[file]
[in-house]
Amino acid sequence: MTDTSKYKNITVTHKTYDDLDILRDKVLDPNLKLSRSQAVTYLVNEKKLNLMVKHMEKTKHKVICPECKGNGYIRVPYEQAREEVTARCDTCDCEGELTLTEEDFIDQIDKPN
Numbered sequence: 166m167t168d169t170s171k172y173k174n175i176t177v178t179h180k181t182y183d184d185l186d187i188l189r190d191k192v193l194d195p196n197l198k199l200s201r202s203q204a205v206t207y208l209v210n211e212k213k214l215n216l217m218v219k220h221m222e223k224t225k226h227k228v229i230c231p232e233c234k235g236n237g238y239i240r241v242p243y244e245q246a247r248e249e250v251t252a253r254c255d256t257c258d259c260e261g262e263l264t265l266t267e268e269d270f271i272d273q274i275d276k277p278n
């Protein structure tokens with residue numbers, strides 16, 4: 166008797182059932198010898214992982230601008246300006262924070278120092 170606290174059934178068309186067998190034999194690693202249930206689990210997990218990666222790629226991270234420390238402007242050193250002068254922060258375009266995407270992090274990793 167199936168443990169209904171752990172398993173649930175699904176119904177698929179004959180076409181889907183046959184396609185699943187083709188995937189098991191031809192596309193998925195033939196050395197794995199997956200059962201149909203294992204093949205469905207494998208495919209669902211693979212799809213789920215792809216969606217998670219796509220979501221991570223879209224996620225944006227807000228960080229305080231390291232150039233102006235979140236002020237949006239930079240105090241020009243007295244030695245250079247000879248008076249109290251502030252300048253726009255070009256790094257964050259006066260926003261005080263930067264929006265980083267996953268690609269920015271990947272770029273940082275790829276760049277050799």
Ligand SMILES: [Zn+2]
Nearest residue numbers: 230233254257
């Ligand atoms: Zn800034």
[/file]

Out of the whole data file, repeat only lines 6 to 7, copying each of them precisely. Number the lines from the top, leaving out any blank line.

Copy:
Nearest residue numbers: 230233254257
């Ligand atoms: Zn800034």